Liposuction: Facts and Myths

According to the American Society for Aesthetic Plastic Surgery, liposuction is now the most popular form of cosmetic surgery in the U.S. Almost 4000,000 people undergo the procedure every year, with the percentage of men increasing considerably.

How Does it Work?

The doctor removes fat from under the skin using one of two available techniques.

1. Tumescent Technique – A saline solution is injected through slit incision in the skin, and then allowed to diffuse (percolate) through the fatty tissue. Best for in-office surgery, since agents in the solution reduce bleeding. This technique is the safest, and it allows for a faster recovery, but it’s also the most expensive. Percolating can take up to 60 minutes, which means an extra hour of operating-room costs.

2. Ultrasound-assisted Lipoplasty (UAL): An ultrasonic vibrating probe “liquefies” the fat before it gets suctioned. It can be done externally, through a hand-held device applied to the skin, or internally, through a vibrating canule. UAL is the preferred method in clinics.

Where?

One can perform Liposuction on almost any part of the body where an accumulation of fat is present: the hips, thighs, calves, buttocks, abdomen, back, neck, or face. Extensive procedures can deal with more than one site at once.

What to Expect

A procedure using the Tumescent Technique averages two hours, although longer is possible. UAL procedures can take about 30 per cent longer.

Usually, only local anaesthesia is used; general may be necessary in some cases.

Doctors perform ninety per cent of cases as outpatient surgery.

Recovery time can be up to two weeks, depending on the area and how extensive the procedure was. Expect a rather high discomfort level, bloating, and bruising.

Costs

$3,000 to $10,000 depending on size of area.

Liposuction is considered cosmetic surgery and your insurance do not cover it.

Who’s a Good Candidate?

Somebody who can afford it. You should be able to pay for the surgery itself, but also have the resources should anything go wrong or should you need touch-ups.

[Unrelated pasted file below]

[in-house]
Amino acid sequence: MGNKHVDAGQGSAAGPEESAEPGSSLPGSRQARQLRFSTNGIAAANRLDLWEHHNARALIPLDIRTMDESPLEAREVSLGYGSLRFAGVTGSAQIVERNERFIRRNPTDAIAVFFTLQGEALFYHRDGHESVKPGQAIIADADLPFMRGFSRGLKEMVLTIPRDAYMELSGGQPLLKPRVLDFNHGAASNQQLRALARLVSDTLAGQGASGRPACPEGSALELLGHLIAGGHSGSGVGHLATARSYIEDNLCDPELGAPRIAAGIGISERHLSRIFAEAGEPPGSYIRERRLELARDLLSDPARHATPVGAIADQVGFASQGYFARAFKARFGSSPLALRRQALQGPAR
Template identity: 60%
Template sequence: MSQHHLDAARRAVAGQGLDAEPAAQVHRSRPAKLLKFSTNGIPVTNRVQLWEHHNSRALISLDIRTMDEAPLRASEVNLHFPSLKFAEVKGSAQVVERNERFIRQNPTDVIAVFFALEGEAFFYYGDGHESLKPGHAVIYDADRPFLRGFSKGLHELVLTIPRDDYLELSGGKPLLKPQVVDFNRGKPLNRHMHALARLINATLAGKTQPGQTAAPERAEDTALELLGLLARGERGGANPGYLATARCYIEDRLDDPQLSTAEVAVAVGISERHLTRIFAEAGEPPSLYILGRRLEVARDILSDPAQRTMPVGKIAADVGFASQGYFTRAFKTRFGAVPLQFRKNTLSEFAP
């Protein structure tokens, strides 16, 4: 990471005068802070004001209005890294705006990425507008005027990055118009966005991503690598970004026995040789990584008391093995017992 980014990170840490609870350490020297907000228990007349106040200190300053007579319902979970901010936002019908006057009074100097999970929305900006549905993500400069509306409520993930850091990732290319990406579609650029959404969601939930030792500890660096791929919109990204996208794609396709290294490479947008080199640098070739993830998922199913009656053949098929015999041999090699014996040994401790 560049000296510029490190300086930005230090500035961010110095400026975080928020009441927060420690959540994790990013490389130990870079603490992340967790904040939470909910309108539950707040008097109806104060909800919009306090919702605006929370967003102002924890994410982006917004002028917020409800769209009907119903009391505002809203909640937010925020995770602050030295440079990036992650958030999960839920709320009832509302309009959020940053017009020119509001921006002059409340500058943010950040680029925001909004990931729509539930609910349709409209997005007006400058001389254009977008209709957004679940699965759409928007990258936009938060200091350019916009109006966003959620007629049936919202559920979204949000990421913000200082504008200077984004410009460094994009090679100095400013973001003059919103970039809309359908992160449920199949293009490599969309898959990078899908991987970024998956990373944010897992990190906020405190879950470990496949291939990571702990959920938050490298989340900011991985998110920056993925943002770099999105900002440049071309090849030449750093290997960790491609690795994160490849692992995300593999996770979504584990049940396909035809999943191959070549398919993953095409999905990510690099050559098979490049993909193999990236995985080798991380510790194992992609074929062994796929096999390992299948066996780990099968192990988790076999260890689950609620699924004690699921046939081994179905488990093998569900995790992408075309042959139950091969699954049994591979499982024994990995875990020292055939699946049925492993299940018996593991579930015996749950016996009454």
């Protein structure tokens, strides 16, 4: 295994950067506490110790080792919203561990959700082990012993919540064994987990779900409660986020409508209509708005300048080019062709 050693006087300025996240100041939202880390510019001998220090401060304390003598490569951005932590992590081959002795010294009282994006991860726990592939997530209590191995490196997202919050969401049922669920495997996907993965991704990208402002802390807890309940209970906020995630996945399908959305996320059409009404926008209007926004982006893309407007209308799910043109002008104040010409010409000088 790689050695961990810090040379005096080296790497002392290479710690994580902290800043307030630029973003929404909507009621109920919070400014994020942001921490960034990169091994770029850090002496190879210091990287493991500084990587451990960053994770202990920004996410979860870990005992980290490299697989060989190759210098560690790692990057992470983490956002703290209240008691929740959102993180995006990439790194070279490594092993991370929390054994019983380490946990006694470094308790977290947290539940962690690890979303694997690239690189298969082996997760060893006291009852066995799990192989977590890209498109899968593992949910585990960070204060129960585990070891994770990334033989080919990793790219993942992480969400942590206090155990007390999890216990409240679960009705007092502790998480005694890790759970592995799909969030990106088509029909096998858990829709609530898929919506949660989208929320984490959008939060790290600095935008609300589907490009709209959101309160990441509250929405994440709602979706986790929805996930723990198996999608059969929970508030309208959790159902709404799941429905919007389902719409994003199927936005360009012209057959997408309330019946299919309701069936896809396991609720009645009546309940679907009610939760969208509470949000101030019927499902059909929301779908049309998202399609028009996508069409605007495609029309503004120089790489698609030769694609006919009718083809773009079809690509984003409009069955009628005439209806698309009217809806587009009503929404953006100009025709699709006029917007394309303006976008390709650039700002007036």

Somebody who wants to get rid of stubborn fat deposits that have not responded well to diet and exercise. Good examples are upper thighs in women and “love handles” in men.

Who Isn’t?

People more than 20 per cent over their ideal body weight. Liposuction should not be considered a weight-loss technique.

Patients with any disease that affects wound healing, with a history of bleeding, or taking any medication that interferes with blood clotting.

Patients over 40, unless their skin elasticity is excellent.

What Happens After?

Normal: Bruising, swelling, soreness, pain and discomfort. The level depends on the area and the extent of the procedure. Note that the swelling may last up to six months and make results less apparent.

Abnormal (but possible): Asymmetry. Baggy or rippling skin. Excessive fluid loss. And scars at the site of the incisions. Infection. In some cases, touch-ups may be necessary.

Most patients need to wear a tight, restrictive outer garment (similar to a girdle) to help with skin reshaping and to lessen swelling.

After one or two days of bed rest, most people can start moving and doing light activities. Strenuous activities should be restricted for at least two weeks, after which they can be introduced back one at a time. Complete recovery can take up to six months.

Where to Go?

There is no standardised training required to perform liposuction, which means any licensed physician can do it. It is recommended, however, that you choose a plastic surgeon or a dermatologist, or consult with a clinic that specialises in different types of plastic surgery.

As with any other surgery, choose a place that you feel would be able to assist you fully in case of complications develop. A clinic is preferable to a doctor’s office only because of the equipment available.

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